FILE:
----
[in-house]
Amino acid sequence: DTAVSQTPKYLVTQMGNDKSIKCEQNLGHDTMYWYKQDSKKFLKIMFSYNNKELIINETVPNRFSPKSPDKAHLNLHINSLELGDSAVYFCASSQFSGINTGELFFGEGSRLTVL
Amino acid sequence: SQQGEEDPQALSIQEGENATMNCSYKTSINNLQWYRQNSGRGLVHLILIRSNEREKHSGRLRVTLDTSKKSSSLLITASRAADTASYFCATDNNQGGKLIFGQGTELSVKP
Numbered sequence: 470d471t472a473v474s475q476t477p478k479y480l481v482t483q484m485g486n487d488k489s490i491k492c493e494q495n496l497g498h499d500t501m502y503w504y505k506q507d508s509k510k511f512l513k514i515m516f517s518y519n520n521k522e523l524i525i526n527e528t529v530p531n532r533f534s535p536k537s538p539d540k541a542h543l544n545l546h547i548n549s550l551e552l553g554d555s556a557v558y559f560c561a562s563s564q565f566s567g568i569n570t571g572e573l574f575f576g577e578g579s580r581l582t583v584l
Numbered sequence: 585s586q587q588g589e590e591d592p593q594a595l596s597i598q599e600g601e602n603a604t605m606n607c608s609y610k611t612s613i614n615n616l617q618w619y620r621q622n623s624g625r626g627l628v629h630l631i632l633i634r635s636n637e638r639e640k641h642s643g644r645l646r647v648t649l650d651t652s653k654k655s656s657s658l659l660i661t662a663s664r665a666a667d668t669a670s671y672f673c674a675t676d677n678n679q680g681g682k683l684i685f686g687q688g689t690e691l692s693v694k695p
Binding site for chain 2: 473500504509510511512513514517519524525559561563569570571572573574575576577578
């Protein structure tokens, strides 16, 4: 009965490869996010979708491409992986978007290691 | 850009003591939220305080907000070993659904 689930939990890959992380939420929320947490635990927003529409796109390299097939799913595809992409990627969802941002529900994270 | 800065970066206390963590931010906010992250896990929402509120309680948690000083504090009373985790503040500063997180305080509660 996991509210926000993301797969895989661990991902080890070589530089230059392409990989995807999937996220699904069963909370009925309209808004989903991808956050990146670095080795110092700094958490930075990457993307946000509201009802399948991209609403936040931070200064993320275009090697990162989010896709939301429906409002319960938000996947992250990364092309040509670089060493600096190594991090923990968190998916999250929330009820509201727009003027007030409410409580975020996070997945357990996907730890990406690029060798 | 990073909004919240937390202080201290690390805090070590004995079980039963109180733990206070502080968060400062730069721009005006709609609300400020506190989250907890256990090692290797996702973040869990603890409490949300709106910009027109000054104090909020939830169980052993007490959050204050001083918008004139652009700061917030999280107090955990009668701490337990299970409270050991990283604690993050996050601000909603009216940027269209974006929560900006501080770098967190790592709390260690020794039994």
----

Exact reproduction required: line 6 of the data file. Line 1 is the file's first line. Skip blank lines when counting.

Binding site for chain 2: 473500504509510511512513514517519524525559561563569570571572573574575576577578